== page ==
Phase 1, which cost $11 million and was completed in June 2013, improved in pedestrian and vehicular safety and traffic efficiency along Septima Clark Parkway (U.S. 17) from Spring Street to Coming. It also involved installation of 175 stormwater structures and 5,500 linear ft. of pipe.

Phase 2, which cost $25.5 million and was completed in late December 2017 by Crowder Construction Company, saw additional work on Spring and Cannon streets from the western terminus of Phase 1 to Lockwood Drive. More than 12,000 linear ft. of new stormwater pipe and more than 300 stormwater structures were installed, in addition to eight drop shafts with vortex boxes that will connect to the deep-tunnel system being constructed in Phase 3.

Traffic continues unimpeded during work on the Lockwood Drive access shaft. (Jay Dee Contractors photo)

U.S. 17 is known locally as the Crosstown and is used by more than 65,000 vehicles daily.

"Due to the Crosstown's construction, neighborhoods have been separated for more than four decades," said Steven A. Kirk, senior engineering project manager for the city of Charleston. "The project will reconnect those neighborhoods through pedestrian enhancements while improving traffic flow and efficiency.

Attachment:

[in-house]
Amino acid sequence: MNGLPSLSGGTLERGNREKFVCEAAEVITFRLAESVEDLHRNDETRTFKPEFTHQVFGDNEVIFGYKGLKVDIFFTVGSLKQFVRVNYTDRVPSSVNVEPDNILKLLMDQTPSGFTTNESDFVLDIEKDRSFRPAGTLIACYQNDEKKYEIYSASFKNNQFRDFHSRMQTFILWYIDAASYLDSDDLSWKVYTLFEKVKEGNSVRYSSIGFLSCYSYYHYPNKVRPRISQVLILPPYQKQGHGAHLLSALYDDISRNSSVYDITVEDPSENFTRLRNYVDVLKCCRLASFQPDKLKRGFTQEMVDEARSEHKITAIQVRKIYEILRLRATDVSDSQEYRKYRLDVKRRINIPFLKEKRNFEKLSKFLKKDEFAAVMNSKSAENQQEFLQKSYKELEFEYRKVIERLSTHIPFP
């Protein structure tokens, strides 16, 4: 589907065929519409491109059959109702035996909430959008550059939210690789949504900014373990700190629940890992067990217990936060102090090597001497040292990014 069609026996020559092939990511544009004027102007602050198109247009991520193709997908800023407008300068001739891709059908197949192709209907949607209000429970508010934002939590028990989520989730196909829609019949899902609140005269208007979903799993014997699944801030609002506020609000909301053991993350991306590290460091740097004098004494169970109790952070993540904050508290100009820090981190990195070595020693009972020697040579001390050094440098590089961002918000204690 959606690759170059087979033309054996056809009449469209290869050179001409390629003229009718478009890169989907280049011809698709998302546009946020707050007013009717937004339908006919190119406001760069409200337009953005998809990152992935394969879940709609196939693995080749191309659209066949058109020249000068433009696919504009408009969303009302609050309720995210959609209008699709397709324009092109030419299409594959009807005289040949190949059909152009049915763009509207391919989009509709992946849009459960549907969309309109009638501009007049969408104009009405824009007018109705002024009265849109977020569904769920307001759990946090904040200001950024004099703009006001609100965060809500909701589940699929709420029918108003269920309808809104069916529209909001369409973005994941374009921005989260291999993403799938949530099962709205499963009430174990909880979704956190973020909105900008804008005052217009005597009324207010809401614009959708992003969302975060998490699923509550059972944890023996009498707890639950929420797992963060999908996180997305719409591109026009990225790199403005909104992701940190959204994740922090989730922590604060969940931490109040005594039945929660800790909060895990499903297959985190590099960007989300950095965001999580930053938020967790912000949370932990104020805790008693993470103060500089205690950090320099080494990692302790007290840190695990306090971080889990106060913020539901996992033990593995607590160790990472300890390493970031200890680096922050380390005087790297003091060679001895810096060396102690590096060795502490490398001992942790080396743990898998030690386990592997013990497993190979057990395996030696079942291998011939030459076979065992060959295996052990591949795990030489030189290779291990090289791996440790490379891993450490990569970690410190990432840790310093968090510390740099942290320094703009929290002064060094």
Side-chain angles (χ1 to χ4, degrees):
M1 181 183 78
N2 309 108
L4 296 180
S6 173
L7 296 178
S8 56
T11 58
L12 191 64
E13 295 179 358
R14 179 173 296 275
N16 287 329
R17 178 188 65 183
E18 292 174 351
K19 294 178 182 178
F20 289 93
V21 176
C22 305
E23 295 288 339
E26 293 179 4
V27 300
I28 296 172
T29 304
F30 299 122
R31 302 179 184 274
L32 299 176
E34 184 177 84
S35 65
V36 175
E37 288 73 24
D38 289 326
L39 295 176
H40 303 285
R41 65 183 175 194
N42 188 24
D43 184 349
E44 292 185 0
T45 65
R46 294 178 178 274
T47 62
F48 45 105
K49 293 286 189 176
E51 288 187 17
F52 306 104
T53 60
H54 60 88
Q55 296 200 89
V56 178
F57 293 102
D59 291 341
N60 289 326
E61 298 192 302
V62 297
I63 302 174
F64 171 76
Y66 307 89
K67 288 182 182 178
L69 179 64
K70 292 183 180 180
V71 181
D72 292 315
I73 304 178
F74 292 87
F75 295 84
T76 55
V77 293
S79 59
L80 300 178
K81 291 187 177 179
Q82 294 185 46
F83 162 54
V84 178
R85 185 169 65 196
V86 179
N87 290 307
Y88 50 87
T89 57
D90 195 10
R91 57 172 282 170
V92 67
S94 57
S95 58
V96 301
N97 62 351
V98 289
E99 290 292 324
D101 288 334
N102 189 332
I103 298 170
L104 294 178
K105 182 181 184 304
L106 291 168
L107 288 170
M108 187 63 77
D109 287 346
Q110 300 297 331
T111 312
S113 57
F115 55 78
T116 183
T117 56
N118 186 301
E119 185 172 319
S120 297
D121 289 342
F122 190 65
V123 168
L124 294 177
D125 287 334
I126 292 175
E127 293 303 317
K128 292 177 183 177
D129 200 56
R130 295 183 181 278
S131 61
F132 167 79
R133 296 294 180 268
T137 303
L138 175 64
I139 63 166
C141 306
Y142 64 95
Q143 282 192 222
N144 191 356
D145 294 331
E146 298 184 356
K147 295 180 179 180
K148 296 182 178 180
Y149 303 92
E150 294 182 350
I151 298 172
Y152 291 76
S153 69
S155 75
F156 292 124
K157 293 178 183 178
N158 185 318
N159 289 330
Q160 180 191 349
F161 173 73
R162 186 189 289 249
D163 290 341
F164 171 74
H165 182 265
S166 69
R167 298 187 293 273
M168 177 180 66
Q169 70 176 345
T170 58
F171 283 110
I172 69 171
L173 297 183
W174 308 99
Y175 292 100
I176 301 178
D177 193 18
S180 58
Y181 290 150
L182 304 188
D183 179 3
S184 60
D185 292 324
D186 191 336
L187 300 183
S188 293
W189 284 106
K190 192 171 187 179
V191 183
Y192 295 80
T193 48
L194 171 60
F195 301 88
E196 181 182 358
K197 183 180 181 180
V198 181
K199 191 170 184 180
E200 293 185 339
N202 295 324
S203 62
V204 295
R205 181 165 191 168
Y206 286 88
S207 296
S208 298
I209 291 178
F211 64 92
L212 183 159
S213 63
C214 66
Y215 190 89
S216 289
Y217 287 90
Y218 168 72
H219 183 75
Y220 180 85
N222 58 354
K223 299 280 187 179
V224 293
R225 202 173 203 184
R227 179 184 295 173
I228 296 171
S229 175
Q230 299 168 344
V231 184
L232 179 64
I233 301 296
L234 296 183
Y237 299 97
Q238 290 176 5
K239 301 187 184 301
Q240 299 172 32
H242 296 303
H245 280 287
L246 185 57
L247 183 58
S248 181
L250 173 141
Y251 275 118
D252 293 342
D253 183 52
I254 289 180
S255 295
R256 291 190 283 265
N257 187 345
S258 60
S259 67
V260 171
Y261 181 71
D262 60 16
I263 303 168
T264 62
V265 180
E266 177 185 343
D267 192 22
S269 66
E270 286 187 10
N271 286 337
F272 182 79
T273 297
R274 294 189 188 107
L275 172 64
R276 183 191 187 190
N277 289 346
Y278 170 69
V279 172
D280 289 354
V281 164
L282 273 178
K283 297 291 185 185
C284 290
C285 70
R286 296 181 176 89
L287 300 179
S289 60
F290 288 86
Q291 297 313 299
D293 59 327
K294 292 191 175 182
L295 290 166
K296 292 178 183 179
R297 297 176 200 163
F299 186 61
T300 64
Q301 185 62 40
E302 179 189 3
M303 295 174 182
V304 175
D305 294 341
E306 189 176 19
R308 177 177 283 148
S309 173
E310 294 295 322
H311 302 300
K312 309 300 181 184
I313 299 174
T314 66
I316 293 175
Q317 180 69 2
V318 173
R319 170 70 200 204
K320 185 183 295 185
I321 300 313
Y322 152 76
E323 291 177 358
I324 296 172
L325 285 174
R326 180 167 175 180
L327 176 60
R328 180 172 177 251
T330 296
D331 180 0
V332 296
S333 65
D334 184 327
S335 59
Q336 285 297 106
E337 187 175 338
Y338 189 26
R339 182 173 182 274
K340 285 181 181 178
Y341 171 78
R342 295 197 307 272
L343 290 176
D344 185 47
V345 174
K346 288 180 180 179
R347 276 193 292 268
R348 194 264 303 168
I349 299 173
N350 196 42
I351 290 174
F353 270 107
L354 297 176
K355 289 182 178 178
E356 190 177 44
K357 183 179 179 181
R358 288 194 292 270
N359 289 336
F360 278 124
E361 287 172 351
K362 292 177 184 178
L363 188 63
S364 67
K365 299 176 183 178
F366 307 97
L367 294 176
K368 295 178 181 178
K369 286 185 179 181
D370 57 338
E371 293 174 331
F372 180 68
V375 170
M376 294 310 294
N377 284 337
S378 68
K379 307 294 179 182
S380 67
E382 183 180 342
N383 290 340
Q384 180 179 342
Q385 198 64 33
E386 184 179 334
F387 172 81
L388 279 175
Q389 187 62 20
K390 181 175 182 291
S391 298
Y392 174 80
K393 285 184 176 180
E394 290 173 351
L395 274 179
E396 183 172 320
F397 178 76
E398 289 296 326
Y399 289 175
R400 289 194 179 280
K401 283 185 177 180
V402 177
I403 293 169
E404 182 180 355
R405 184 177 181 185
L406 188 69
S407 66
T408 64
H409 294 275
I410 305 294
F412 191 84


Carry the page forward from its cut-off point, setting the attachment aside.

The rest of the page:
"Most importantly, the Crosstown will be made safer for both vehicles and pedestrians. The full infrastructure reinvestment portion of the U.S. 17 Septima Clark Parkway Transportation Infrastructure Reinvestment Project will improve drainage in an area that covers approximately 20 percent of the peninsula of Charleston.

"When it rains, the stormwater that collects on the street will be conveyed by the surface collection and conveyance system to the drop shafts and access shafts," Kirk continued. "It will then flow into the tunnel and to the wet well under the pump station. After the stormwater passes through some trash screens, if the tide is low and the rainfall light, it will flow by gravity through the outfall boxes into the Ashley River. If the rain is moderate to heavy, or the tide is high, the pumps in the pump station will add the extra energy needed to move the stormwater to the Ashley River via the outfall boxes."